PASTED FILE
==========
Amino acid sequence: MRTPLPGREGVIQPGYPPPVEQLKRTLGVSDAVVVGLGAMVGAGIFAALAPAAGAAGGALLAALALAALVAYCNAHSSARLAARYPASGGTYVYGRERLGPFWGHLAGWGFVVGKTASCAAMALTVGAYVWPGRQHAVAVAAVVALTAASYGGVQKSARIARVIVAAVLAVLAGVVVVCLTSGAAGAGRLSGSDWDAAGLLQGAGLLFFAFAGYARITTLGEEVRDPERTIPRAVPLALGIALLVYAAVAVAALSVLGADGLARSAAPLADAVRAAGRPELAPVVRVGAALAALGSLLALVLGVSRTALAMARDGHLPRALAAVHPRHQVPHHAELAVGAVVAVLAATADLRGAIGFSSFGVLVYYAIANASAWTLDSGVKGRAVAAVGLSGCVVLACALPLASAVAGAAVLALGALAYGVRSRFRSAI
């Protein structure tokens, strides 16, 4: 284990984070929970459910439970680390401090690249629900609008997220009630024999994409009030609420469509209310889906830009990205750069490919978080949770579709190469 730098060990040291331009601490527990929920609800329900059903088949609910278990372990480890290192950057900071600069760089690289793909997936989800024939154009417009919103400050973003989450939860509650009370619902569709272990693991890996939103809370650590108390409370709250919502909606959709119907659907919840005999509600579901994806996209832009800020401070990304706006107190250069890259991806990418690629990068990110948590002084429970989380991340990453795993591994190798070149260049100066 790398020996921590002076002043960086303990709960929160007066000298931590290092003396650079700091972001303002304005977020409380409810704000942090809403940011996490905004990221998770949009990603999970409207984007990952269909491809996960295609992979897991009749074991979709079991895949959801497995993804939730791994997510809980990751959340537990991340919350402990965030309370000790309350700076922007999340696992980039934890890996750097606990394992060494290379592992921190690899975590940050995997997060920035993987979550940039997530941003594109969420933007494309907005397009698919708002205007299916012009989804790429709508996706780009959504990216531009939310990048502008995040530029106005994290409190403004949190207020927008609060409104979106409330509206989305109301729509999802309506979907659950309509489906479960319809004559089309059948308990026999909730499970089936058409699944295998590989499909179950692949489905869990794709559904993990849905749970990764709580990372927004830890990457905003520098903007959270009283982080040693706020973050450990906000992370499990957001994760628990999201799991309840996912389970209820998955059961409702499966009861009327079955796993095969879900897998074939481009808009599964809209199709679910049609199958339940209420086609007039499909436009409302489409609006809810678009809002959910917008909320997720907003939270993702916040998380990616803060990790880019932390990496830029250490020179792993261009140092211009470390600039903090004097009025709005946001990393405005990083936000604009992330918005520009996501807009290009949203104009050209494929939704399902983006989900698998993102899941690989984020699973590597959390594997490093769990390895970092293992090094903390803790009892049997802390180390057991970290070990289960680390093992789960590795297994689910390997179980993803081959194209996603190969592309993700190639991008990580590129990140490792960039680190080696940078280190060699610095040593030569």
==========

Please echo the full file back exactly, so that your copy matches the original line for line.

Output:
Amino acid sequence: MRTPLPGREGVIQPGYPPPVEQLKRTLGVSDAVVVGLGAMVGAGIFAALAPAAGAAGGALLAALALAALVAYCNAHSSARLAARYPASGGTYVYGRERLGPFWGHLAGWGFVVGKTASCAAMALTVGAYVWPGRQHAVAVAAVVALTAASYGGVQKSARIARVIVAAVLAVLAGVVVVCLTSGAAGAGRLSGSDWDAAGLLQGAGLLFFAFAGYARITTLGEEVRDPERTIPRAVPLALGIALLVYAAVAVAALSVLGADGLARSAAPLADAVRAAGRPELAPVVRVGAALAALGSLLALVLGVSRTALAMARDGHLPRALAAVHPRHQVPHHAELAVGAVVAVLAATADLRGAIGFSSFGVLVYYAIANASAWTLDSGVKGRAVAAVGLSGCVVLACALPLASAVAGAAVLALGALAYGVRSRFRSAI
């Protein structure tokens, strides 16, 4: 284990984070929970459910439970680390401090690249629900609008997220009630024999994409009030609420469509209310889906830009990205750069490919978080949770579709190469 730098060990040291331009601490527990929920609800329900059903088949609910278990372990480890290192950057900071600069760089690289793909997936989800024939154009417009919103400050973003989450939860509650009370619902569709272990693991890996939103809370650590108390409370709250919502909606959709119907659907919840005999509600579901994806996209832009800020401070990304706006107190250069890259991806990418690629990068990110948590002084429970989380991340990453795993591994190798070149260049100066 790398020996921590002076002043960086303990709960929160007066000298931590290092003396650079700091972001303002304005977020409380409810704000942090809403940011996490905004990221998770949009990603999970409207984007990952269909491809996960295609992979897991009749074991979709079991895949959801497995993804939730791994997510809980990751959340537990991340919350402990965030309370000790309350700076922007999340696992980039934890890996750097606990394992060494290379592992921190690899975590940050995997997060920035993987979550940039997530941003594109969420933007494309907005397009698919708002205007299916012009989804790429709508996706780009959504990216531009939310990048502008995040530029106005994290409190403004949190207020927008609060409104979106409330509206989305109301729509999802309506979907659950309509489906479960319809004559089309059948308990026999909730499970089936058409699944295998590989499909179950692949489905869990794709559904993990849905749970990764709580990372927004830890990457905003520098903007959270009283982080040693706020973050450990906000992370499990957001994760628990999201799991309840996912389970209820998955059961409702499966009861009327079955796993095969879900897998074939481009808009599964809209199709679910049609199958339940209420086609007039499909436009409302489409609006809810678009809002959910917008909320997720907003939270993702916040998380990616803060990790880019932390990496830029250490020179792993261009140092211009470390600039903090004097009025709005946001990393405005990083936000604009992330918005520009996501807009290009949203104009050209494929939704399902983006989900698998993102899941690989984020699973590597959390594997490093769990390895970092293992090094903390803790009892049997802390180390057991970290070990289960680390093992789960590795297994689910390997179980993803081959194209996603190969592309993700190639991008990580590129990140490792960039680190080696940078280190060699610095040593030569």